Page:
The History of Pharmacy Collection in Graz

The collection, part of Graz Museum, includes about 2300 items and is thus similar to the collection in Cluj. In Graz, the rooms dedicated to the history of pharmacy are not open to the general public, as a renewal of the exhibition is required, but it does host regular museum education events. We have discovered special artifacts such as a materia medica set for medicine and pharmacy students, produced in the USA, a so-called ”viper cord” (a piece of cord soaked in viper blood, worn as an amulet, especially during childbirth), a medicinal plant drying stove, and a heavy pestle balanced for ease of use. We thank Mrs. Silke Essinger and we congratulate her for all the interactive activities she organizes there (we wish could have stayed longer, for the artisanal soap making class!).

Visiting the Black Eagle Pharmacy Museum

We have visited the “Black Eagle” Pharmacy Museum in Székesfehérvár (Hungary) and have been delighted. The Fekete Sas Patikamúzeum, part of the Szent István Király Múzeum, has revealed analogies for some items in our collection, but we have also discovered novel objects such as: medicine jars made of metal inside glass covers, a miniature model of a historical pharmacy, a “doll-house” apothecary shop, as well as typical Jesuit containers with the order’s symbol (IHS). We thank Mrs. Anna Krizsány for the wonderful reception and guided tour and for her catching enthusiasm for specific museum-related activities. We have ground pepper in a mortar, have sniffed a variety of pharmaceutical ingredients, from the most beautifully scented to the most daunting, we have stamped dispensing envelopes, have lifted the heaviest pestle and have counted the number of seconds the mortar resounded when the pestle fell. Visiting this museum is strongly recommended!

Microphotography

Taking digital microphotographs of relevant details on items in the History of Pharmacy Collection is a novel research method envisaged by our project. Dr. Magó Andrea Beatrix is our specialist collaborator and her analyses will allow us to clarify certain faded inscriptions, to clarify production details (book binding decoration or painting layers on drug jars, for example), to identify some of the materials employed (parchment vs paper) and some of the natural specimens preserved. The use of ultraviolet and infrared light is sometimes very relevant for our research that fuces on different types of materials.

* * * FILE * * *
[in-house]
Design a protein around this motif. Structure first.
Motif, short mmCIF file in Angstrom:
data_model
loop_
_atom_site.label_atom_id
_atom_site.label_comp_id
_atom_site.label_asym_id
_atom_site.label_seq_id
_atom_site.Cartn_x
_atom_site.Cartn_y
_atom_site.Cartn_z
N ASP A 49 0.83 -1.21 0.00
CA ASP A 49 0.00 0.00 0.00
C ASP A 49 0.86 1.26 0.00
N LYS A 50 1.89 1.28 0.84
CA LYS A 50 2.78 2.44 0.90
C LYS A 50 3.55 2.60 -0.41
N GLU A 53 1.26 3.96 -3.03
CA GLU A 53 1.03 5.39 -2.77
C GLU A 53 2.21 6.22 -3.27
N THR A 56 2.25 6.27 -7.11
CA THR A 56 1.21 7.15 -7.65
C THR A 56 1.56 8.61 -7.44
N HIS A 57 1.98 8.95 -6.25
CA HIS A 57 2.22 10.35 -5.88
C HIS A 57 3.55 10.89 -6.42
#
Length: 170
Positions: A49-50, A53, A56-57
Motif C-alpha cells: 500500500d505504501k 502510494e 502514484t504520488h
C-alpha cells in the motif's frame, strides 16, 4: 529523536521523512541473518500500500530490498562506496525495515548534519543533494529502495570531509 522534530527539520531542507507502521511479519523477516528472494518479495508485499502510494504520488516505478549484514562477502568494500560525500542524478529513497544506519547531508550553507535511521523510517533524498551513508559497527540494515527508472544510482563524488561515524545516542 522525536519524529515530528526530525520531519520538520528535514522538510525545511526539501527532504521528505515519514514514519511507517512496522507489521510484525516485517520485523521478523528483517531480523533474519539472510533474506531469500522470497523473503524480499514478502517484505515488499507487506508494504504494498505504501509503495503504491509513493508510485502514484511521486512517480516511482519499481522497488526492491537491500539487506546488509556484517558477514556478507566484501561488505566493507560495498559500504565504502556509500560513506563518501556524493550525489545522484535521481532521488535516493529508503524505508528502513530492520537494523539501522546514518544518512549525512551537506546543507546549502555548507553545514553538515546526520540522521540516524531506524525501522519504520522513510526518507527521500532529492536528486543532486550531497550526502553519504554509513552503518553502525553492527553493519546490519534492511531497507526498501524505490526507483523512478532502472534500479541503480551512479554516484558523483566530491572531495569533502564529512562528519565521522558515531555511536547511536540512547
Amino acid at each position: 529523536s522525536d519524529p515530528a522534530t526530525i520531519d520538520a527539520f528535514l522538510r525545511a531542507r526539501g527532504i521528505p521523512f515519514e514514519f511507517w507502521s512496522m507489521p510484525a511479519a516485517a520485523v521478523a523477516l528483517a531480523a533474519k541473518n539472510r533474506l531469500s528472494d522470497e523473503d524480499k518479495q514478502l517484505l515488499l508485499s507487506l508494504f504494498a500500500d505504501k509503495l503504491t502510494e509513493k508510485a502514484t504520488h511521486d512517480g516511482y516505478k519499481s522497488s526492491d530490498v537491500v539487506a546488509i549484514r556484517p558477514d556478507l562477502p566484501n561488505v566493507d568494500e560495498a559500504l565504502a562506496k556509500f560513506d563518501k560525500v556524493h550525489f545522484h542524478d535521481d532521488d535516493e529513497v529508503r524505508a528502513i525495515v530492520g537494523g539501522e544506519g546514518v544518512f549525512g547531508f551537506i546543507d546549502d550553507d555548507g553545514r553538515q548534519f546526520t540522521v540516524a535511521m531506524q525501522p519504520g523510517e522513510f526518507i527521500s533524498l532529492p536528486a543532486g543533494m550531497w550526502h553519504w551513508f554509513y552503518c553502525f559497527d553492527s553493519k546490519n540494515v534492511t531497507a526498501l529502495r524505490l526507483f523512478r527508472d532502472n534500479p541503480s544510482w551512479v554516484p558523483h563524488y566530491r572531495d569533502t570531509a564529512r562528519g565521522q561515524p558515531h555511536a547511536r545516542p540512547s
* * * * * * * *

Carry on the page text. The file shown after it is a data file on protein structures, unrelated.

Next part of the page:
Visiting the Rodia Pharmacy

June 17-19, 2021, we have visited the history of pharmacy collection on display in the building of the old apothecary shop of the Misericordian Order in Oradea. Opened in 2019 by the Roman-Catholic Bishopric in Oradea, the collection is housed in the rooms of the old Rodia (Pommegranate) Pharmacy, with valuable rediscovered elements dating from the end of the 18th century: the Baroque painting from the ceiling of the oficina and the original furniture that includes a valuable wall clock. The project has been developed by the late Dr. Budaházi István, implemented by museographers Balla Tünde and Lakatos Attila. After its official opening, the collection has been further enriched with items donated by members of the local community. We applaud the initiative, congratulate our colleagues from Oradea and hope for a fruitful collaboration in the future.

Conservation and restoration

Our colleagues from the Restoration and Investigation Department of the National Museum of Transylvanian History contribute to the PHARMATRANS project through specialized interventions of cleaning, consolidating, conserving and restoring around 500 artifacts part of the History of Pharmacy Collections. The objects thus conserved will be exhibited in the future exhibition inside the old pharmacy of Cluj, inside the Hintz House.

Old pharmacy printed books

Our PHARMATRANS project includes taking photographs, cataloging, preserving, and researching the old book collection if the History of Pharmacy Collection of the National History Museum of Transylvania. Some of the oldest printed books (in the field of pharmacy, chemistry, and medicine) contain valuable manuscript notations created by those who used and sometimes amended them.